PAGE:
Money well spent in Tarheel State

Published 8:29 am Monday, October 12, 2015

You don’t need another reminder that we dodged a huge bullet when Hurricane Joaquin veered northeast and avoided any landfall in the Tarheel state.

One or two minor meteorological events could have positioned that moisture-laden merry-go-round that we suffered through the last 10 days right off our own coast instead of the coast of South Carolina.

But while you’re thanking the man upstairs, you might want to also send some kudos and thank-yous to the folks in Raleigh who manage and finance our state’s bridge and dam infrastructure.

But for that good fortune we just came through, we’d be worrying about a lot more than drowned crops here in North Carolina. We’d be burying our dead like they will do down there once the ground becomes dry enough again to do it.  Record rainfall depth was measured in feet instead of inches down there. Sadly, that was enough to float coffins and caskets right out of the ground in at least six South Carolina counties.  That’s not a pretty thought, and an even worse sight.

Countless roads washed out in the Low Country and so did a lot of bridges. South Carolina is right now monitoring 62 dams; 13 of which have already failed – nearly one-fifth. More failures may follow as massive amounts of stormwater continue to flow toward the Atlantic, running down from saturated land all across the state.  It crippled the capital, Columbia, so severely that the Gamecocks’ football game with LSU on Saturday had to be moved to Louisiana.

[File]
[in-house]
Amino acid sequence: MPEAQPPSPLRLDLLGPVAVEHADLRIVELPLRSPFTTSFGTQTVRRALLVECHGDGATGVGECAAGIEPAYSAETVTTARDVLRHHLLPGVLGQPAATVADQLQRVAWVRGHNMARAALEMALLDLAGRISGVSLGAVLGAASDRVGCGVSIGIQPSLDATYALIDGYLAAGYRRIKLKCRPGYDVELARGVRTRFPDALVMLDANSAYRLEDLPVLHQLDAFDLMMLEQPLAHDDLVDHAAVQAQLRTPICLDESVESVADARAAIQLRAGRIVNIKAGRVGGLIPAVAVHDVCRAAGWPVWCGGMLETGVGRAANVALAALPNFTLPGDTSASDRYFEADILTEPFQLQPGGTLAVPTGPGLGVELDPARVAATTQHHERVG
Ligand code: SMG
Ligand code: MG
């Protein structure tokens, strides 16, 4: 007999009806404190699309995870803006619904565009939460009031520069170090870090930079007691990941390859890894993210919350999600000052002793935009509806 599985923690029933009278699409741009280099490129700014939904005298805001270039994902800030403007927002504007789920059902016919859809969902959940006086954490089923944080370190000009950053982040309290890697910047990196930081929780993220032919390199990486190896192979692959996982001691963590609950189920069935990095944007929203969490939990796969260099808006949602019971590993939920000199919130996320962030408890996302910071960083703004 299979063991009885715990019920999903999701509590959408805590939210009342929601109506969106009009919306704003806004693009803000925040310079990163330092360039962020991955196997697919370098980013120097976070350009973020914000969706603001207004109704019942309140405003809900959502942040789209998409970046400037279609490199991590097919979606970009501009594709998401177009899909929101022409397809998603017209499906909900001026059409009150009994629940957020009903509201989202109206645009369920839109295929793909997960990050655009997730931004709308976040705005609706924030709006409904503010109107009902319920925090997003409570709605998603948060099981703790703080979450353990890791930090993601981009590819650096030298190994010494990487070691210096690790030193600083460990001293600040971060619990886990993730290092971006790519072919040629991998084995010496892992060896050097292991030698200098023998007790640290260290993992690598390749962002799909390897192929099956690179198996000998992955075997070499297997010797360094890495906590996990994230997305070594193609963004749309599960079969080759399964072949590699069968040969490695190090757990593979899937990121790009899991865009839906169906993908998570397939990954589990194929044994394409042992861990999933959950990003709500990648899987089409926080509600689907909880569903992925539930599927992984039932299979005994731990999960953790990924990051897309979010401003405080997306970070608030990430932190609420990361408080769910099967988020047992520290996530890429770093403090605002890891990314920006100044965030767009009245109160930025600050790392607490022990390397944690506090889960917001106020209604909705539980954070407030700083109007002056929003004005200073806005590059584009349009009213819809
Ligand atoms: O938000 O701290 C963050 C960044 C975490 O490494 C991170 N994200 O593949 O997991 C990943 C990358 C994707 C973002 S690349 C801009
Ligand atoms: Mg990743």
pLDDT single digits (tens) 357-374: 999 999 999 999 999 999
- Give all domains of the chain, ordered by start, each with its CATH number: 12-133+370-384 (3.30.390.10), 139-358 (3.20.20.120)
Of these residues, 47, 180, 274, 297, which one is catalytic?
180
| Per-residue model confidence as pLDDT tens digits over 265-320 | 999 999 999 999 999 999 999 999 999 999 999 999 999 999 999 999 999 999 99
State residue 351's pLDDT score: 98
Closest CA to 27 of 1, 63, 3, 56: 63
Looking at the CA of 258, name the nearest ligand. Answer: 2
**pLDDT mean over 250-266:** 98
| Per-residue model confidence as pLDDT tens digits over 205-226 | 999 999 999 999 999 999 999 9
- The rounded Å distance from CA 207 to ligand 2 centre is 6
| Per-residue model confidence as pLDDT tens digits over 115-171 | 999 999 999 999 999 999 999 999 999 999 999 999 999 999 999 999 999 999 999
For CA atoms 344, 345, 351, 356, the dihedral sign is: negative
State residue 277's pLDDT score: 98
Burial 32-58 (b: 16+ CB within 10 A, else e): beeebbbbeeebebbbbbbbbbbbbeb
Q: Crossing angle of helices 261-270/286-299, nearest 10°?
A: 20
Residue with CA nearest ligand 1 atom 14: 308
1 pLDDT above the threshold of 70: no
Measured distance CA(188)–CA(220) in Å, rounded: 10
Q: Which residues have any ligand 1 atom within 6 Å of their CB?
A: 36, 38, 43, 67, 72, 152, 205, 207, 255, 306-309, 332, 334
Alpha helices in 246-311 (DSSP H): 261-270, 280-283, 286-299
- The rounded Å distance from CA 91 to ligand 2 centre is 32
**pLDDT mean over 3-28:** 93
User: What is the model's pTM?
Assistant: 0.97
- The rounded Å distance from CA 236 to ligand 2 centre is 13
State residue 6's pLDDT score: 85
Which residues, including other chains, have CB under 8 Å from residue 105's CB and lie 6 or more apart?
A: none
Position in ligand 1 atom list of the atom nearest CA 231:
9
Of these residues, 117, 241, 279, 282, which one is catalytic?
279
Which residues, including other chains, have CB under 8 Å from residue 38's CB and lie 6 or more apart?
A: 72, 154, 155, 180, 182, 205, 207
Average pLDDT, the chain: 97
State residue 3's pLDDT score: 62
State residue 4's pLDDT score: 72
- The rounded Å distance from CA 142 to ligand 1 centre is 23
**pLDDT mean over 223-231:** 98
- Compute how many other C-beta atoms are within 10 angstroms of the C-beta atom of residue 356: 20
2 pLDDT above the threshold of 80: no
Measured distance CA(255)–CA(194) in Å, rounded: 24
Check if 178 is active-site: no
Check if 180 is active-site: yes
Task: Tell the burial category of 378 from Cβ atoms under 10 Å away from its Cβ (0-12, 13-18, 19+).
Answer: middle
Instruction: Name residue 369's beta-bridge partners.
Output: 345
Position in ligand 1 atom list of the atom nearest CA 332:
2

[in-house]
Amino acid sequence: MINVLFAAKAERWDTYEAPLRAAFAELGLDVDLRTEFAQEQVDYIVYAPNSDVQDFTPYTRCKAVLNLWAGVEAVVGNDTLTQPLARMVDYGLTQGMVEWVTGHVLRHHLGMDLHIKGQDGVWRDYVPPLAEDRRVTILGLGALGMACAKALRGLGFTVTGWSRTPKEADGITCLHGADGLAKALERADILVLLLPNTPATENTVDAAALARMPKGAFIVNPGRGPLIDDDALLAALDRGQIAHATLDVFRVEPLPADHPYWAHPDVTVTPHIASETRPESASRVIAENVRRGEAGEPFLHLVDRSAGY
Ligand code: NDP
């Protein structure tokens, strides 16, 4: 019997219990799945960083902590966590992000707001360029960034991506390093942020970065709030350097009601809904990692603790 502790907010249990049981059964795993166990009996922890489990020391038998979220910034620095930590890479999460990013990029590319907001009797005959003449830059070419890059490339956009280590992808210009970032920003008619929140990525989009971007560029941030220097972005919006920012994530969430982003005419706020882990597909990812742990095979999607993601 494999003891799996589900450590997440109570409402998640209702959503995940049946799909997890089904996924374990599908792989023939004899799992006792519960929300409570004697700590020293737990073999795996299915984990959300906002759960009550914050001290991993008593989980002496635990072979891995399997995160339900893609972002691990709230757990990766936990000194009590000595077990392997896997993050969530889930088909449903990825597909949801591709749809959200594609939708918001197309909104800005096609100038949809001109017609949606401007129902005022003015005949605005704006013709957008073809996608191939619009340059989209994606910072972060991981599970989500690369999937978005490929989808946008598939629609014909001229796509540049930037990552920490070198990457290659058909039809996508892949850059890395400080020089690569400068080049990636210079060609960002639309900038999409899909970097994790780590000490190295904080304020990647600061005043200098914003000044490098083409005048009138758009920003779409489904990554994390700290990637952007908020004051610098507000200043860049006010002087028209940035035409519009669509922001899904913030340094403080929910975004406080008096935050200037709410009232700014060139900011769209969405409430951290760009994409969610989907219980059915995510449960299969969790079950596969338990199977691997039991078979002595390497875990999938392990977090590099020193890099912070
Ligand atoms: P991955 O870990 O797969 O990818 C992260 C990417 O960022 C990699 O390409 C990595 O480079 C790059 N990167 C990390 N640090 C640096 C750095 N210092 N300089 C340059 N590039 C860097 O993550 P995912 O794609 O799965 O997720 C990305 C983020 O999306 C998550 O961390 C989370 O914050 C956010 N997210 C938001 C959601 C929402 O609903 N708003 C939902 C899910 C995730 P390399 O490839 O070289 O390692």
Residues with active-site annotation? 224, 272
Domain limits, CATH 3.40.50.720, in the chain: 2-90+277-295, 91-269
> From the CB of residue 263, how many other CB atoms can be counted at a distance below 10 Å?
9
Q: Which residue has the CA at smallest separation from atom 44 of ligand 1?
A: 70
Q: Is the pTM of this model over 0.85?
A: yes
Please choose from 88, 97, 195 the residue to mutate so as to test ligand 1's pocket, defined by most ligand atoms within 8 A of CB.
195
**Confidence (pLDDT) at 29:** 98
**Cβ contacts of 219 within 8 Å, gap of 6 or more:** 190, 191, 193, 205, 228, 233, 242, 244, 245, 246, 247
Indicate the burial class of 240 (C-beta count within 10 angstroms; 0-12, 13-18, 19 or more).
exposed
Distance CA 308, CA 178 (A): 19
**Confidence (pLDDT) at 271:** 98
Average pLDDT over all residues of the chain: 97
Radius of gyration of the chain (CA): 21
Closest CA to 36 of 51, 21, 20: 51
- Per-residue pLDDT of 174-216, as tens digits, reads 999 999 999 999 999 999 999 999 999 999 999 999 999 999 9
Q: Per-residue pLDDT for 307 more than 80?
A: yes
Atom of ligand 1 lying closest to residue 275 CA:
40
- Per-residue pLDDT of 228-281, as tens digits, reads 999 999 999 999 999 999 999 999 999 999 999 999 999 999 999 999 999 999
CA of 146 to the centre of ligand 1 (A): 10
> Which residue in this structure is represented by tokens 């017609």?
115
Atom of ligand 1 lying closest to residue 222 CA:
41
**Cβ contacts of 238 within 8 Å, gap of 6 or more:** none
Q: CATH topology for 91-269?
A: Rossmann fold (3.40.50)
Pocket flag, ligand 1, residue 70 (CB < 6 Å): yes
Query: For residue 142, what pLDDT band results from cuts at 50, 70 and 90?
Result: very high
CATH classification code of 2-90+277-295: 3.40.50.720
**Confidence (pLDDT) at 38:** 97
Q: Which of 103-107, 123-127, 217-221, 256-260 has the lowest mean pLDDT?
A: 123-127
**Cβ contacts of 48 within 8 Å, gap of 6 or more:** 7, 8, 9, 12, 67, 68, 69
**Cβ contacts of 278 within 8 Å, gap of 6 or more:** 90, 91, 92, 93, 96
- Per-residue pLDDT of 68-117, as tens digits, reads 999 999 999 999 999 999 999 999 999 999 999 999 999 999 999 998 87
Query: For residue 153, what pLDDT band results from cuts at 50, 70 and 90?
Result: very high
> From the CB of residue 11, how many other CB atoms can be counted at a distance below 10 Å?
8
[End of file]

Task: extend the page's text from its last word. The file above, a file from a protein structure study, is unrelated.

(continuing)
The recovery price tag for the Palmetto State will be high; it’s likely to top $1 billion. U.S. Sen. Lindsey Graham has said that much aid having to be spent for his home state’s recovery could, in his words, “break the bank” of federal emergency funds. This was interesting coming from a politician that I recall voted against additional federal aid to Hurricane Sandy victims in the Northeast three years ago.

Interesting more that here in North Carolina we spent over $2 million on bridge and dam maintenance.

And as of Thursday, not one bridge or dam in the state has failed.

Despite such foresight I hope North Carolina leaders noticed the warning shots from nature and from Washington. We’re in an era of climate change and extreme-weather surprises here in the 21st century and preparedness for these extremes is becoming a lot more difficult.

The General Assembly made some good progress this year in rebuilding the state’s “rainy-day” fund, while right across the state line much of South Carolina depends almost entirely on its gas tax to fund highway maintenance, and it hasn’t raised its gas tax since 1987.

Even before this flooding, 20 percent of South Carolina’s over 8,000 bridges were rated structurally deficient or structurally obsolete.

But before I totally applaud our legislators I need to ask have we done enough with our highways infrastructure to cope with the kind of rainy days that just whacked South Carolina?

I can’t say our lawmakers have been the most steadfast in grasping climate reality, but whether you believe scientific analysis or not, the preventive steps the state took over time since we were inundated with the kinds of killer storms and ravenous flooding that are plaguing our neighbors, is commendable.

I don’t know what South Carolina legislators will do in the aftermath but I hope that some hard lessons have been learned.

Perhaps what we have just seen in South Carolina will change a few legislative minds moving forward. It should, because Mother Nature never seems to run out of bullets.

Gene Motley is a Staff Writer with Roanoke-Chowan Publications. He can be contacted at or 252-332-7211.